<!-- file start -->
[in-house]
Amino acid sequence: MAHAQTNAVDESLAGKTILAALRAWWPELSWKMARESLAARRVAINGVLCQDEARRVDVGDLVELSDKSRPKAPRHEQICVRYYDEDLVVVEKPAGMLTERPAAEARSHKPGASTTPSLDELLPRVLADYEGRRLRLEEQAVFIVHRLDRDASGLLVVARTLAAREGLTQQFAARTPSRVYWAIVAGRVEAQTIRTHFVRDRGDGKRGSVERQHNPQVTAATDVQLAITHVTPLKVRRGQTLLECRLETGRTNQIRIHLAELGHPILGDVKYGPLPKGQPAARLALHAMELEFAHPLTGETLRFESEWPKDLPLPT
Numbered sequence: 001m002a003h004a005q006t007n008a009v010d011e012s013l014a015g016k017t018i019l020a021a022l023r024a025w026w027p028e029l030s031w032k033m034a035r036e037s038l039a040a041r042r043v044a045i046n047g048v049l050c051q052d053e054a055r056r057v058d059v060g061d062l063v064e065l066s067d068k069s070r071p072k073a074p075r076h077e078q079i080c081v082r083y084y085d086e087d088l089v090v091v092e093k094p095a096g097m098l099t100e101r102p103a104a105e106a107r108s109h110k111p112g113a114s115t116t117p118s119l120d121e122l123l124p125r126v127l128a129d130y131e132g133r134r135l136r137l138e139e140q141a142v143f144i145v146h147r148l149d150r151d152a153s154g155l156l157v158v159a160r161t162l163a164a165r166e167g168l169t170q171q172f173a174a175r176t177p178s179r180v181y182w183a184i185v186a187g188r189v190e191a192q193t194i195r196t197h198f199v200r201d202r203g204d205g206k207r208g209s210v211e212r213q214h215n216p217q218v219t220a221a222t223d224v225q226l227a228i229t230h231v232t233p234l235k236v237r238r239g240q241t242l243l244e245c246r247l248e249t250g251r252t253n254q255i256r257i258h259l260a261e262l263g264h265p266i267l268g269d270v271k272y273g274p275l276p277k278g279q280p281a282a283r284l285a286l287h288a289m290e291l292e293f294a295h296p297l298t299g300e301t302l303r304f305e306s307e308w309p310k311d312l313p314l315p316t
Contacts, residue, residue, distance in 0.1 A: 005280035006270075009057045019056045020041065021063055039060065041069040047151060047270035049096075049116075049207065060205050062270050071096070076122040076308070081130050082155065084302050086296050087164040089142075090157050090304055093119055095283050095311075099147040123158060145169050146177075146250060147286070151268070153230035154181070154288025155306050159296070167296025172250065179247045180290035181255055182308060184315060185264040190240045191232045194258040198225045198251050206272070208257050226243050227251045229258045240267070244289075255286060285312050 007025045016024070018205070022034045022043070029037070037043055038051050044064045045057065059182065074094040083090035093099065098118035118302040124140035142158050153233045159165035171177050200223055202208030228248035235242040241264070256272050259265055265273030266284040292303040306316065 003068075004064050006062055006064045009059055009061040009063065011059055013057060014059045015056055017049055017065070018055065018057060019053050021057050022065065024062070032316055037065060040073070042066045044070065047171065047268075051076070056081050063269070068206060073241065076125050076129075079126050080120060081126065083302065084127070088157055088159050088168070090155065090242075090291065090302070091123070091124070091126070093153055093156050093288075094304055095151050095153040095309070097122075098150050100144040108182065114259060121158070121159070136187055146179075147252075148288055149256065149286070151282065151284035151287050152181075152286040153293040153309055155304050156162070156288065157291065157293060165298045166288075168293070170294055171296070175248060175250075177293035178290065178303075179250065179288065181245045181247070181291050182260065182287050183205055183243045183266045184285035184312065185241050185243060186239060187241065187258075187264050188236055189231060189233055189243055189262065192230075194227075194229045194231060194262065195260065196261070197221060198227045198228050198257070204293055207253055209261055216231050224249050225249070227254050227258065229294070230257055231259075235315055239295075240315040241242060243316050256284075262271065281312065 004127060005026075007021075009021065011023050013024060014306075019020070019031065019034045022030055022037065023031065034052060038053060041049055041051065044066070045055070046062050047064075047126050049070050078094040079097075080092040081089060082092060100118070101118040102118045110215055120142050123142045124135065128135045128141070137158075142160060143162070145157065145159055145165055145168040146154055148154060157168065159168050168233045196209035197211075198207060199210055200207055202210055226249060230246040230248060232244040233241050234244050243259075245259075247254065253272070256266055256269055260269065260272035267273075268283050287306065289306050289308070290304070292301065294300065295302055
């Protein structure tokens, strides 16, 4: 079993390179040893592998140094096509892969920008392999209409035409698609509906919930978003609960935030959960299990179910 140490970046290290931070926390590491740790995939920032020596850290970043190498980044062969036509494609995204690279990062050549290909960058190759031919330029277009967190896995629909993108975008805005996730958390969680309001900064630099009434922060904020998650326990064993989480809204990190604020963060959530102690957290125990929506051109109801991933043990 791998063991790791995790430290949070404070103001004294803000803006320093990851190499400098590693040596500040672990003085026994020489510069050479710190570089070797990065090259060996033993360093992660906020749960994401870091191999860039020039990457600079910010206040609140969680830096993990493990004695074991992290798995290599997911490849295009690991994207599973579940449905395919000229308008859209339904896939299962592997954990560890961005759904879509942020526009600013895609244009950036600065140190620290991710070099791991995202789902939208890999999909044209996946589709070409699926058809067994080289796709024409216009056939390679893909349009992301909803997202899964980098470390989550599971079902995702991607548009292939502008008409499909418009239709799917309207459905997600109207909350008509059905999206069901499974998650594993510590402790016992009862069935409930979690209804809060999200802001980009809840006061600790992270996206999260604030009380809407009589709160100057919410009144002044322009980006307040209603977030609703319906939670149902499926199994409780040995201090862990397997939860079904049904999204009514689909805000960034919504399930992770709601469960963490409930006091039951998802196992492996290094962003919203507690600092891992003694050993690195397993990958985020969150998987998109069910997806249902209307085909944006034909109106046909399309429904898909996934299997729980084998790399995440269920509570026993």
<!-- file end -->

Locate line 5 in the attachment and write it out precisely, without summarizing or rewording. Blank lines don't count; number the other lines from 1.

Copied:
């Protein structure tokens, strides 16, 4: 079993390179040893592998140094096509892969920008392999209409035409698609509906919930978003609960935030959960299990179910 140490970046290290931070926390590491740790995939920032020596850290970043190498980044062969036509494609995204690279990062050549290909960058190759031919330029277009967190896995629909993108975008805005996730958390969680309001900064630099009434922060904020998650326990064993989480809204990190604020963060959530102690957290125990929506051109109801991933043990 791998063991790791995790430290949070404070103001004294803000803006320093990851190499400098590693040596500040672990003085026994020489510069050479710190570089070797990065090259060996033993360093992660906020749960994401870091191999860039020039990457600079910010206040609140969680830096993990493990004695074991992290798995290599997911490849295009690991994207599973579940449905395919000229308008859209339904896939299962592997954990560890961005759904879509942020526009600013895609244009950036600065140190620290991710070099791991995202789902939208890999999909044209996946589709070409699926058809067994080289796709024409216009056939390679893909349009992301909803997202899964980098470390989550599971079902995702991607548009292939502008008409499909418009239709799917309207459905997600109207909350008509059905999206069901499974998650594993510590402790016992009862069935409930979690209804809060999200802001980009809840006061600790992270996206999260604030009380809407009589709160100057919410009144002044322009980006307040209603977030609703319906939670149902499926199994409780040995201090862990397997939860079904049904999204009514689909805000960034919504399930992770709601469960963490409930006091039951998802196992492996290094962003919203507690600092891992003694050993690195397993990958985020969150998987998109069910997806249902209307085909944006034909109106046909399309429904898909996934299997729980084998790399995440269920509570026993």